If you’re following a low-carb diet to lose weight, you’ve probably figured out that not all foods low in carbohydrates are created equal.
In other words, eating a low-carb diet doesn’t always provide fast and sustainable weight loss. If your version of low-carb includes large servings of high-fat animal products, processed meats and adding butter or coconut oil to your coffee, your food choices could be doing more harm than good.
When it comes to eating fewer carbs for weight loss, it’s wise to focus on lean proteins and vegetables that are low in carbs and high in fiber to keep, which will keep you feeling full and provide other added benefits.
Here are some of the best low-carb foods for losing weight.
Salmon is an excellent zero-carb choice; it provides heart-healthy fats and brain-boosting omega-3 fatty acids. Omega-3s, which are a type of unsaturated fatty acid, may help decrease triglycerides, lower blood pressure, reduce blood clotting and decrease your risk of heart failure or stroke, per the Mayo Clinic.
A 3-ounce piece of cooked salmon packs nearly 22 grams of protein in 196 calories, per the USDA. Protein is the most satiating of the macronutrients (the other two being carbs and fat), so a protein-packed choice like salmon helps you feel full longer (without the saturated fat you’d get from proteins like red meat).
Chicken breast has zero carbohydrates and is an excellent source of protein. One medium chicken breast provides 193 calories and 36 grams of protein, per the USDA.
Research shows that protein plays a major role in weight loss. An April 2015 review in Clinical Nutrition found that eating a higher-protein diet — containing between 1.2 to 1.6 grams of protein per kilogram of a person’s body weight per day — provided improvements in body weight and appetite.
A kilogram is equal to 2.2 pounds. So, a person who weighed 180 pounds, for example, would want to aim for between 98 and 130 grams of daily protein.
Too much math? There’s a simpler solution: The analysis found that eating 25 to 30 grams of protein per meal provided similar effects.
Leafy greens like spinach, kale and arugula can add volume and flavor to your meals without adding many calories or carbohydrates. Leafy greens are a great pick because they allow you to add more food to meals to spark benefits, instead of taking food away.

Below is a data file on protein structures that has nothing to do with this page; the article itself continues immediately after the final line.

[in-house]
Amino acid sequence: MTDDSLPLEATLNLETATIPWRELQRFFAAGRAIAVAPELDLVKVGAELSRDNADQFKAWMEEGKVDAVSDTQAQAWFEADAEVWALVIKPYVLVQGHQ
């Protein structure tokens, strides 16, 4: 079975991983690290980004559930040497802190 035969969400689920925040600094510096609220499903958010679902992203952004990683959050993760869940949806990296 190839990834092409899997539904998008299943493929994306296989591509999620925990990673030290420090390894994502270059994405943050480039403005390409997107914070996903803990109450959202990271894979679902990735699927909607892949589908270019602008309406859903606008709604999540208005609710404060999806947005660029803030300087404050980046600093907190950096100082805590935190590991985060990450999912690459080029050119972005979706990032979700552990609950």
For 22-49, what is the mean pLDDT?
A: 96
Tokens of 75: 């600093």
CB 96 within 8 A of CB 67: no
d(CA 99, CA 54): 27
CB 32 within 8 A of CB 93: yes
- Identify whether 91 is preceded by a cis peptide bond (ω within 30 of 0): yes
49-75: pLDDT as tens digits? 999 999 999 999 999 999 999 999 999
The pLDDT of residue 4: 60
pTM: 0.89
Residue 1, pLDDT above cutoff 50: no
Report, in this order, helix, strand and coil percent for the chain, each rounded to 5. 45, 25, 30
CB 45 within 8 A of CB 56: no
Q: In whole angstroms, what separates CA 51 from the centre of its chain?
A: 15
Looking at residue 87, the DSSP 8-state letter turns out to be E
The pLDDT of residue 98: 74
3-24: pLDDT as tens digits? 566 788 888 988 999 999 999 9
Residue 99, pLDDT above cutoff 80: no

Studies have found that doing just this — adding voluminous veggies to meals — can help people lose weight. When you break down the nutrition profile of greens, it’s easy to see how they can provide so much good: One cup of raw spinach, for example, contains just 6 calories and less than 1 gram of carbohydrates — with more than half of the carbohydrates coming from fiber, per the USDA.
Eggs are a versatile low-carb pick. For an easy grab-and-go option, hardboil a batch and eat a couple for breakfast or one as a snack. Don’t forget to look beyond breakfast, too: Eggs can make a delicious addition to salads, avocado toasts and even zucchini noodles.
One large egg contains 70 calories, 6 grams of protein and less than 1 gram of carbohydrates, per the USDA.
Beyond protein, eggs are a healthy source of vitamin D, antioxidants and omega-3 fatty acids. Because of their stellar nutrition profile, they’re a great option for vegetarians and meat-eaters alike.
Brussels sprouts are considered nonstarchy vegetables, per the American Diabetes Association. These veggies are naturally low in carbs and calories — 8 grams of carbs and 39 calories per cup, per the USDA — which makes them an excellent addition to any weight-loss plan.
Other examples of nonstarchy veggies include cauliflower, celery, carrots, cabbage and zucchini. Like leafy greens, these veggies can be piled on your plate to add volume; they’ll increase your satiety and provide essential vitamins and minerals without adding many calories, carbs or fat.
Broccoli is a nutritional powerhouse, offering fiber and antioxidants with very few carbohydrates. One 3-ounce serving of broccoli contains 25 calories, 4 grams of carbs and 3 grams of fiber, per the USDA.
The majority of its carbohydrates are part of broccoli’s fiber content, which make it a great choice. Fiber is the indigestible part of a plant food that doesn’t get absorbed by the body, so it fills us up but doesn’t stick around.
Enjoy this versatile veggie as a side or make it the meal’s main attraction — there is truly no wrong way!
Like chicken breast, roasted turkey breast is an excellent source of protein (26 grams in a 3-ounce serving, per the USDA) with zero carbohydrates and only 125 calories.
Swap in turkey for recipes that call for ground beef and you’ll cut down on both calories and fat while still getting your protein fix.
When trying to lose weight, it’s best to bake, broil, grill or steam lean sources of protein like turkey. This will help limit calories from fat that add up in cooking methods that rely on oil.